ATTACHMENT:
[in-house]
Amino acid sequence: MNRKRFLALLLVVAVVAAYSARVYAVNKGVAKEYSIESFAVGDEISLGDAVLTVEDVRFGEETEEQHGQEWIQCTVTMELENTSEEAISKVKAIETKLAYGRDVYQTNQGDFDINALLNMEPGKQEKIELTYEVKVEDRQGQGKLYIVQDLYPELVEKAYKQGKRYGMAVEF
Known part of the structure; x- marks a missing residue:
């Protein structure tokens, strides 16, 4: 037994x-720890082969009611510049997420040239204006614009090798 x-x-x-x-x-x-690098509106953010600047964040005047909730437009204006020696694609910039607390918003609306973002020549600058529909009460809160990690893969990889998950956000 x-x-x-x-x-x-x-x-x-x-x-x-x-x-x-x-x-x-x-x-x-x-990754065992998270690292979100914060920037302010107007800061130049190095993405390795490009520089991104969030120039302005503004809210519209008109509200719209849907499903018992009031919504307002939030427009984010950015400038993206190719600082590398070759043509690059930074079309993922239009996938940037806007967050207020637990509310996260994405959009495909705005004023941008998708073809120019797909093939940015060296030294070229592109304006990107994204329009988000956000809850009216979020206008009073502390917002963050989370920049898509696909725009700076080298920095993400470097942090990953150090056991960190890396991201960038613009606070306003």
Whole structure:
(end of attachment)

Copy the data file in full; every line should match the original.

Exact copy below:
[in-house]
Amino acid sequence: MNRKRFLALLLVVAVVAAYSARVYAVNKGVAKEYSIESFAVGDEISLGDAVLTVEDVRFGEETEEQHGQEWIQCTVTMELENTSEEAISKVKAIETKLAYGRDVYQTNQGDFDINALLNMEPGKQEKIELTYEVKVEDRQGQGKLYIVQDLYPELVEKAYKQGKRYGMAVEF
Known part of the structure; x- marks a missing residue:
């Protein structure tokens, strides 16, 4: 037994x-720890082969009611510049997420040239204006614009090798 x-x-x-x-x-x-690098509106953010600047964040005047909730437009204006020696694609910039607390918003609306973002020549600058529909009460809160990690893969990889998950956000 x-x-x-x-x-x-x-x-x-x-x-x-x-x-x-x-x-x-x-x-x-x-990754065992998270690292979100914060920037302010107007800061130049190095993405390795490009520089991104969030120039302005503004809210519209008109509200719209849907499903018992009031919504307002939030427009984010950015400038993206190719600082590398070759043509690059930074079309993922239009996938940037806007967050207020637990509310996260994405959009495909705005004023941008998708073809120019797909093939940015060296030294070229592109304006990107994204329009988000956000809850009216979020206008009073502390917002963050989370920049898509696909725009700076080298920095993400470097942090990953150090056991960190890396991201960038613009606070306003």
Whole structure: